LGBTQ+ can benefit when safe environments are made

By Ricardo Martir

Monday’s LGBTQ+ Inclusivity and Awareness for Allies event focused on urging allies of the LGBTQ+ community to be actively involved in making all public spaces open and free of judgment for everyone.
While the world continues to advance in some ways, one subject, the LGBTQ+ community, has not necessarily progressed in terms of acceptance and inclusivity.
One of the ways members and allies can be supportive is by educating themselves and others on the basics of genders.
It is important to understand that regardless of the gender people are assigned at birth, it is not always the gender they may decide to carry in life.
Event host Alex Morse said, “Transgender is a person whose gender identity and their assigned sex at birth do not correspond. Somebody is born and the doctor either says it’s a boy or it’s a girl, and that baby grows up and says ‘That’s not true and I know that because of how I feel about myself internally,’”
At times, people think they have decided their gender and sexual orientation, but later on they might find they have a different opinion or view of themselves and believe a change is necessary.
Morse said assumptions are another thing that allies can avoid when thinking a person is a certain gender or has a certain identity.
“Sometimes we might say things without really thinking and these statements can make our friends or acquaintances uncomfortable. Not assuming that they are a certain way and therefore not acting surprised if we find out that they are some LGBTQ identity,” Morse said.
She said often times some of the things people take for granted are things that are consistently fought for in the LGBTQ community.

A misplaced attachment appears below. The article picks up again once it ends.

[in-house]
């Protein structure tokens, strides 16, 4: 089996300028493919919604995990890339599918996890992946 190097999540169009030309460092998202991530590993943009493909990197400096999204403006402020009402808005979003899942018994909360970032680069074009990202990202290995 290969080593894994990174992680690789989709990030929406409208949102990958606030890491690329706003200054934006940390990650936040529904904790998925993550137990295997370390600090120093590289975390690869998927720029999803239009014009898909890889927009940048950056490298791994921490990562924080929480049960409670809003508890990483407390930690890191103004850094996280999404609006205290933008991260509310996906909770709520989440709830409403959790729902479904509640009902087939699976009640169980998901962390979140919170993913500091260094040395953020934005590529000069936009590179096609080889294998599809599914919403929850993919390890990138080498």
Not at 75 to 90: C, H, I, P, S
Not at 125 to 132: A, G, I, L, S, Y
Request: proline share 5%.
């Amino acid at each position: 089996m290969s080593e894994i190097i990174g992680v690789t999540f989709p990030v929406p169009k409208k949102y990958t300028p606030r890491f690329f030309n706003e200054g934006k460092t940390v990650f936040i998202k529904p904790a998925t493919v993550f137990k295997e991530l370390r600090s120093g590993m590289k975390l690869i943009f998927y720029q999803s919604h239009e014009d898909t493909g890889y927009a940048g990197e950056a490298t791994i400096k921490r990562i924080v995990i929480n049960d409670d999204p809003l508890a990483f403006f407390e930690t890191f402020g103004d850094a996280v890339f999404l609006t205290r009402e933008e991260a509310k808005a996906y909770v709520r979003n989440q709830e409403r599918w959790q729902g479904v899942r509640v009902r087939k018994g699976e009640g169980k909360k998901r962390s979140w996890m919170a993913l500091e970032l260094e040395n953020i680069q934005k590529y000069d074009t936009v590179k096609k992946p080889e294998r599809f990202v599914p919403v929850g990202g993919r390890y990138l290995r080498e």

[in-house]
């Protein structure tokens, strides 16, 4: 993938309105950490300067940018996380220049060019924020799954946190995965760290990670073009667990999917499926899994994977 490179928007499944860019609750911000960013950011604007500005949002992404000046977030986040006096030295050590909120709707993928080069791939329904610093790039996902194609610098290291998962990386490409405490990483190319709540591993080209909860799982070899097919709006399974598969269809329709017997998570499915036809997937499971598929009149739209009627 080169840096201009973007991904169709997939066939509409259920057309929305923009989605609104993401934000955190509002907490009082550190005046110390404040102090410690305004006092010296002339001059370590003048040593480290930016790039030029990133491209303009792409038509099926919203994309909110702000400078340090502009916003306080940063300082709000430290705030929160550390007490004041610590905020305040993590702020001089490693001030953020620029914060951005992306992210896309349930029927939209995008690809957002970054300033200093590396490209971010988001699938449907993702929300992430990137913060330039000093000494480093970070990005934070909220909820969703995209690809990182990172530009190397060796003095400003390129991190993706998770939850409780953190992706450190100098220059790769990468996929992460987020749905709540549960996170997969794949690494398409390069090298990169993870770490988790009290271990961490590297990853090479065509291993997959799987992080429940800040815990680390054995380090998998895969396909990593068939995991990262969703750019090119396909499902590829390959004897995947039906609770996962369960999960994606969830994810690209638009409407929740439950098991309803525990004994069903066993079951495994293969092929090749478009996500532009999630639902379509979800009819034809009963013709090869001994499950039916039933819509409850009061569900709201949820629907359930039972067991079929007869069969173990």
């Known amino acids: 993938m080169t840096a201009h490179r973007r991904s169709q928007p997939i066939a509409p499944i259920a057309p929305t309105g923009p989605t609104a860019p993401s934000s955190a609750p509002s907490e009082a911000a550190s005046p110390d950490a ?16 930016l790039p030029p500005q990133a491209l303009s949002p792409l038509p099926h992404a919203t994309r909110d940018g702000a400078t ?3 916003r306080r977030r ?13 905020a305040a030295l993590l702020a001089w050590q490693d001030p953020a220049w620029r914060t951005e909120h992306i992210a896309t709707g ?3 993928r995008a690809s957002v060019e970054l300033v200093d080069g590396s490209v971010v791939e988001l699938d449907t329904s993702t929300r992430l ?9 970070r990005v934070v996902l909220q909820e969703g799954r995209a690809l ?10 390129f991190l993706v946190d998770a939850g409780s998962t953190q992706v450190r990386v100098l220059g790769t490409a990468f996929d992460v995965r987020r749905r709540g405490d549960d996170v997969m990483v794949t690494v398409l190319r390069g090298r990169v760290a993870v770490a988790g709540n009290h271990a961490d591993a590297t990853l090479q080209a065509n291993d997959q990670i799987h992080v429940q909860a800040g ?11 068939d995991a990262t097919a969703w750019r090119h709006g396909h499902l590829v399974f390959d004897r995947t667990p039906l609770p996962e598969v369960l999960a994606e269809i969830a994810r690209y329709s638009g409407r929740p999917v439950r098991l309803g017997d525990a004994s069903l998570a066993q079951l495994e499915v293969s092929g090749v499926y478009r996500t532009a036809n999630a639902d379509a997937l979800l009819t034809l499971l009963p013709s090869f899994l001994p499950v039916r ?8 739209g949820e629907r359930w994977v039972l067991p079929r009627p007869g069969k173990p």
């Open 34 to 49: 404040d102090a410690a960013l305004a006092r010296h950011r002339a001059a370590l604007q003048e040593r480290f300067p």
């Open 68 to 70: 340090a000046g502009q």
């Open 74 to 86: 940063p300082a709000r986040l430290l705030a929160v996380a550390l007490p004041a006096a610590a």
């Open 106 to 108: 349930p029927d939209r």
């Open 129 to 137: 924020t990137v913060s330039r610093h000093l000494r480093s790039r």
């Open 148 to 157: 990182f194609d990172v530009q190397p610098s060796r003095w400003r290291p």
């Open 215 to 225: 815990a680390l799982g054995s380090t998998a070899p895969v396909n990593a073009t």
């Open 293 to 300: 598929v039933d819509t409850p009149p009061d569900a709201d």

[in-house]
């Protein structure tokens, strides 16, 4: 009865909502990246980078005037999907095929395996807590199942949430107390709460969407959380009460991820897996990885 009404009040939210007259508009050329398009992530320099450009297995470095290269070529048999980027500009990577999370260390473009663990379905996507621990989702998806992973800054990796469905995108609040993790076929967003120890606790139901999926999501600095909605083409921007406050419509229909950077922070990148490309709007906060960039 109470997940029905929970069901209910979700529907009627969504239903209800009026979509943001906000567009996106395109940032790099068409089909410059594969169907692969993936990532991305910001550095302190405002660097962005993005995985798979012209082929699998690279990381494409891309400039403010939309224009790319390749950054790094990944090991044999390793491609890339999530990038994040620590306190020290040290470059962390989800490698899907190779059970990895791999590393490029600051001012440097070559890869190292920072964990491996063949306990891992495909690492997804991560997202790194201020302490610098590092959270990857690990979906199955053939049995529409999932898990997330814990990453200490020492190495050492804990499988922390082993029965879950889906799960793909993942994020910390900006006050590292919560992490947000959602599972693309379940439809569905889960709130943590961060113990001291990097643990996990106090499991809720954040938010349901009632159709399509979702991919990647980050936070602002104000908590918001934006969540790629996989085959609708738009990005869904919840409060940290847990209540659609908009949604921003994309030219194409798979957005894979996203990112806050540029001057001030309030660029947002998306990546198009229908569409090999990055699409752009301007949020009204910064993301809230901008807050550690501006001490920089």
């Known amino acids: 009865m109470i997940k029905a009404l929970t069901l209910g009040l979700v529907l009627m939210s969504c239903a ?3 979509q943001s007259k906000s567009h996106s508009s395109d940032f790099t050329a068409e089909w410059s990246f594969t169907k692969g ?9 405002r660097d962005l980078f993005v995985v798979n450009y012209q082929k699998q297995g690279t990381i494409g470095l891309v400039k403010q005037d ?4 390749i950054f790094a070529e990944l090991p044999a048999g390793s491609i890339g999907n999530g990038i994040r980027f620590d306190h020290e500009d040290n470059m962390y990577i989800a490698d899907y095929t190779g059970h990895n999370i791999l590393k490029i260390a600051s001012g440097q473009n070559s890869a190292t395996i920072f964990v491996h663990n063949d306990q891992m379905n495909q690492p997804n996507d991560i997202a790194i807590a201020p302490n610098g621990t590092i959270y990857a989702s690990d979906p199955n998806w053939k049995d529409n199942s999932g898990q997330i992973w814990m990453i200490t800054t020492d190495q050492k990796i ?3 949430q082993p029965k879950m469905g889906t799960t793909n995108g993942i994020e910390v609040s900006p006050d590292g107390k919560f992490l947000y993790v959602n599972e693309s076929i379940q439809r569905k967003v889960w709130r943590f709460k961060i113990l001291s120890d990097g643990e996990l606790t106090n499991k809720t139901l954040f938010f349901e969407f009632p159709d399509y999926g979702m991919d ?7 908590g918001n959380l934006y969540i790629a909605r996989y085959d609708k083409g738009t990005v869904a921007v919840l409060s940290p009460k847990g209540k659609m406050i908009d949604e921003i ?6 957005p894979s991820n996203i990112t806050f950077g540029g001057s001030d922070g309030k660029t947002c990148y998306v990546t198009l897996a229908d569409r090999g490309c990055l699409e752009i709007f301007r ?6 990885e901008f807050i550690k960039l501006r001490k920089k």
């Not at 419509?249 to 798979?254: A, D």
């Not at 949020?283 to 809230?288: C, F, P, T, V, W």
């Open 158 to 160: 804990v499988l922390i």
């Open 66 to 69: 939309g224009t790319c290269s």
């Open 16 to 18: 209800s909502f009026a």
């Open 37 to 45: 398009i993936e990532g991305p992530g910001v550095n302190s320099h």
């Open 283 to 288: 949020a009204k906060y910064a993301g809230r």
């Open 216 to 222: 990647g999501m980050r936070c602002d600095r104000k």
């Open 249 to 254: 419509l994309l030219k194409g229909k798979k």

Representation, whether it be in movies, sports, or anything business and media-related, is something allies should support and encourage. Morse said current celebrities are making efforts to normalize and bring awareness to the situations people experience on a daily basis.
“Some cool big time representatives we have in the LGBTQ community are people like Elliot Page and Janelle Monae who are really famous people and present and explain their situations in public outlets to bring awareness to other people who still might not be aware of our community,” Morse said.
People in the LGBTQ+ community continue to be afraid to come out for a number of reasons.
Some of the fears that make people unsure if they should come out or not include fear of homophobia or transphobia, fear of being excluded in relationships and overlooked in career opportunities, as well as the fear that a person’s gender identity or sexuality can overshadow them as an individual entirely.
In recent years there has been a rise in inclusion and representation throughout media. However, true inclusion and representation can only be possible when everyone is truly included, accepted and respected, Morse said.
Some things allies can do immediately to contribute to an open and accepting environment are:
• Let LGBTQ+ job candidates know they are welcome.
• Include gender-neutral options on forms for both employees and clients/customers.
• Update anti-discrimination policies and ask all staff to sign a form stating they have read and understood its content.
• Create a safe and inclusive environment for everyone.
For guides and resources on this topic people can check “The ABCs of L.G.B.T.Q.I.A.+,” a guided journal by Ash Hardell and the Human Right’s Campaign Glossary at

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